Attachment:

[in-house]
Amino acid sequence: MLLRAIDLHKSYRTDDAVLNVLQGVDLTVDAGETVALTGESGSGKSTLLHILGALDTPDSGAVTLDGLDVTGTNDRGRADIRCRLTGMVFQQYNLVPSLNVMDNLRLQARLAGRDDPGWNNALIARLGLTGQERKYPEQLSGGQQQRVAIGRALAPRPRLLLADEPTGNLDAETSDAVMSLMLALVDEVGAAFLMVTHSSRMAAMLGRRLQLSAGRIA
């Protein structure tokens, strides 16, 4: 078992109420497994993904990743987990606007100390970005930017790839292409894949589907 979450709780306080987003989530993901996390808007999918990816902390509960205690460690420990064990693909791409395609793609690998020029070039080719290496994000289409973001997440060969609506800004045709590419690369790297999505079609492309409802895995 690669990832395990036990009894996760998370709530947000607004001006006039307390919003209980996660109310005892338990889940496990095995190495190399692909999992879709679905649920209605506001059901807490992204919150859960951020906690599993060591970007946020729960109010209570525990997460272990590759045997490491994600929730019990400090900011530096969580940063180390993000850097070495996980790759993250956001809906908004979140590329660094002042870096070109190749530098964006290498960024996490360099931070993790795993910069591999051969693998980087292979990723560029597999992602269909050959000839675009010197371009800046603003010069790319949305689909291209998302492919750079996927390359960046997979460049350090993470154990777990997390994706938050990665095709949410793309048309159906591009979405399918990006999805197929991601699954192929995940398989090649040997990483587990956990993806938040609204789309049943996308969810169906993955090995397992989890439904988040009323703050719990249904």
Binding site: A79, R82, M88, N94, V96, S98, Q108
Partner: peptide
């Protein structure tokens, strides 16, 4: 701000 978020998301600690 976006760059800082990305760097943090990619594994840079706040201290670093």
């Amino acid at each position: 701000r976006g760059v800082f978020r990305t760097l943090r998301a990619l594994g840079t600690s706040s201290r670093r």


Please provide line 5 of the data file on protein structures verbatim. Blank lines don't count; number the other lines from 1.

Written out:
Partner: peptide